Volume 8, Issue 1, February 2019, Page: 1-9
Persistent Organochlorine Compounds Levels in Selected Fish Species from Lake Victoria and Associated Human Health Risks
Alex Wenaty, Department of Food Technology, Nutrition and Consumer Sciences, College of Agriculture, Sokoine University of Agriculture, Morogoro, Tanzania
Arvid Fromberg, National Food Institute, Technical University of Denmark (DTU), Lyngby, Denmark
Faith Mabiki, Department of Physics and Chemistry, Solomon Mahlangu College of Science and Education, Sokoine University of Agriculture, Morogoro, Tanzania
Bernard Chove, Department of Food Technology, Nutrition and Consumer Sciences, College of Agriculture, Sokoine University of Agriculture, Morogoro, Tanzania
Anders Dalsgaard, Department of Veterinary and Animal Sciences, Faculty of Health and Medical Sciences, University of Copenhagen, Frederiksberg, Denmark
Robinson Mdegela, Department of Veterinary Medicine and Public Health, College of Veterinary and Biomedical Sciences, Sokoine University of Agriculture, Morogoro, Tanzania
Received: Dec. 17, 2018;       Accepted: Jan. 14, 2019;       Published: Jan. 31, 2019
DOI: 10.11648/j.aff.20190801.11      View  237      Downloads  79
Abstract
Nile perch (L. niloticus ) and Nile tilapia (O. niloticus) are the major commercial fish species in Lake Victoria region of Tanzania. This study was conducted to assess the levels of persistent organochlorine compounds, namely PCBs and OCPs in these two fish species and the probable human health risks associated with the consumption of these two fish species from Lake Victoria. Fish samples were collected between May and August 2016 and the necessary anthropometric measurements such as length and weight were taken. The extraction was done using a modified QuEChERS method and the identification and quantification of the chemicals were done using GC/ECDs. The results of this study revealed that fish species sampled were undersize, which was an indication of overfishing and abuse of bylaws. Among the 19 OCPs which were considered, only four (β- HCH, HCB, Aldrin and Dieldrin) were detected at measurable quantities. β- HCH ranged from <0.24 to 1.19µg/kg. The mean concentrations were 0.77±0.43µg/kg and 0.56±0.16µg/kg for L. niloticus and O. niloticus respectively. HCB levels ranged from <0.18 to 0.59µg/kg in L. niloticus and <0.18µg/kg in O. niloticus. Aldrin ranged from <0.14 to 0.34µg/kg in L. niloticus whereas it was not detected in O. niloticus. Moreover, Dieldrin residues ranged from <0.17 to 1.06µg/kg in O. niloticus but were not detected in L. niloticus. Generally, there were slightly higher levels of the detected OCPs in L. niloticus than the corresponding levels in O. niloticus mainly due to their differences in trophic levels and feeding habits. The indicator PCBs were not detected in all the investigated fish samples. The levels of all the detected organochlorines were far below the MRL set for fish and fishery products suggesting that the fresh fish from Lake Victoria are safe for human consumption. Low levels of the detected residues and non- detection of many organochlorines considered indicate that contamination in Lake Victoria has not reached alarming levels. The human health risk assessment of the detected organochlorines showed cancer risk from 8.6E-06 to 3.2E-05 for children and from 7.8E-06 to 1.3E-05 for adults indicating that there is a low cancer risk for both age groups. The non- cancer risks (HI) on the other hand, were 5.7E-02 for children and 4.7E-02 for adults, which is an indication of an insignificant risk.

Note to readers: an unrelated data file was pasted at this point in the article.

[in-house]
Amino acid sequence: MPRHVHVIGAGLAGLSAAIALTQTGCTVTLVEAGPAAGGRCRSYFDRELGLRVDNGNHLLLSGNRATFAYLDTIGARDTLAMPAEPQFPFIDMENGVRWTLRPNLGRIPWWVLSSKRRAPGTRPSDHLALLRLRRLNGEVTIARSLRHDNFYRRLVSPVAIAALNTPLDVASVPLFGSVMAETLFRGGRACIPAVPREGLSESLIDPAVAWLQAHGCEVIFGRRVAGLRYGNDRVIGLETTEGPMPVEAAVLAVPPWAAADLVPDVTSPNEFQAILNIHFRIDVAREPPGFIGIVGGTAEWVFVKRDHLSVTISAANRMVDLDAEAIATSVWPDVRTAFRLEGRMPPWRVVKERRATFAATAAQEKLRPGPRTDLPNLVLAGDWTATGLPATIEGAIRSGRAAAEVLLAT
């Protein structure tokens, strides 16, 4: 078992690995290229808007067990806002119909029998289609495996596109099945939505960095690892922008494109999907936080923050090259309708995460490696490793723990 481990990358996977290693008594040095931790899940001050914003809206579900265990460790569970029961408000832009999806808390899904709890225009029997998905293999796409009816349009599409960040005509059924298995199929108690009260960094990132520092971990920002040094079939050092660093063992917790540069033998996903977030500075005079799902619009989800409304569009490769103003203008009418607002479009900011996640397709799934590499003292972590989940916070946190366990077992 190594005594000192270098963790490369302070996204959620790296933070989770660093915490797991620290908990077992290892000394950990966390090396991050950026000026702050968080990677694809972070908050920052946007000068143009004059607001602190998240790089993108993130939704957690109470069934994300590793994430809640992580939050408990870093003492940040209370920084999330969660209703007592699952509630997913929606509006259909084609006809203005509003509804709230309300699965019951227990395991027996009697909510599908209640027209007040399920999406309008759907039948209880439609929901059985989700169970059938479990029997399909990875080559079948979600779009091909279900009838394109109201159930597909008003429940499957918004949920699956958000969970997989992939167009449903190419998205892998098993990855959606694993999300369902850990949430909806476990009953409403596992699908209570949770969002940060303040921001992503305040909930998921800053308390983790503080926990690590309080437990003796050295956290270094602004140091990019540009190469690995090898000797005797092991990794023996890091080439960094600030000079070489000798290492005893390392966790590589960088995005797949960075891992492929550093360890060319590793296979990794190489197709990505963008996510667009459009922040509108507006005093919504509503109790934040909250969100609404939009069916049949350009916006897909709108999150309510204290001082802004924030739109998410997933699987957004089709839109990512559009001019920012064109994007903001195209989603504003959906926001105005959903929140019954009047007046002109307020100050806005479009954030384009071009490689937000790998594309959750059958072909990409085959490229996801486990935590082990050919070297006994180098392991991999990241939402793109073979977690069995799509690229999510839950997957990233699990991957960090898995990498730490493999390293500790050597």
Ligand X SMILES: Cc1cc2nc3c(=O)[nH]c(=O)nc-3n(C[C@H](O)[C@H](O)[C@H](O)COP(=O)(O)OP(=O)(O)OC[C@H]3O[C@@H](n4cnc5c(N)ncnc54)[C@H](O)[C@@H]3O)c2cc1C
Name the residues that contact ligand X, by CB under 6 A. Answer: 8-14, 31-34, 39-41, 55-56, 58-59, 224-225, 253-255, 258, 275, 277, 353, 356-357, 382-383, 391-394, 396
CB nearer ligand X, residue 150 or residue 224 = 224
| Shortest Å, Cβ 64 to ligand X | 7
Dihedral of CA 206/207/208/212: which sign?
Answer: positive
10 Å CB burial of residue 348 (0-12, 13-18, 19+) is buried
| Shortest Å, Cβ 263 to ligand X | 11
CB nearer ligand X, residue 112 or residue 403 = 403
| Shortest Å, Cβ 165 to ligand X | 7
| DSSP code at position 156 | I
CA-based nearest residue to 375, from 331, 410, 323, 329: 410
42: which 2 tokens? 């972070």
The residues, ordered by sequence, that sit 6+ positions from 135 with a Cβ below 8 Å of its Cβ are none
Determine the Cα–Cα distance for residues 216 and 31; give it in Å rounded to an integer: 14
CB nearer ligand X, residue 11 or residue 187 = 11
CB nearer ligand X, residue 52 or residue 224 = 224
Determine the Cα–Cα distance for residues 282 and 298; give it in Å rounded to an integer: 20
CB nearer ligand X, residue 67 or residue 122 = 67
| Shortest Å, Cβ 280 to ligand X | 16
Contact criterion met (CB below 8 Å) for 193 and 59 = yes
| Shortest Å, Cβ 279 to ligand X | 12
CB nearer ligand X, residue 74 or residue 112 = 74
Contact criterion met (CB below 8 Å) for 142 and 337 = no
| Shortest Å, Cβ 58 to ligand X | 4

Keywords
Cancer Risks, Hazard Index, Hazard Quotient, Non- Cancer Risks, OCPs, Indicator PCBs
To cite this article
Alex Wenaty, Arvid Fromberg, Faith Mabiki, Bernard Chove, Anders Dalsgaard, Robinson Mdegela, Persistent Organochlorine Compounds Levels in Selected Fish Species from Lake Victoria and Associated Human Health Risks, Agriculture, Forestry and Fisheries. Vol. 8, No. 1, 2019, pp. 1-9. doi: 10.11648/j.aff.20190801.11
Copyright
Copyright © 2019 Authors retain the copyright of this article.
This article is an open access article distributed under the Creative Commons Attribution License (http://creativecommons.org/licenses/by/4.0/) which permits unrestricted use, distribution, and reproduction in any medium, provided the original work is properly cited.
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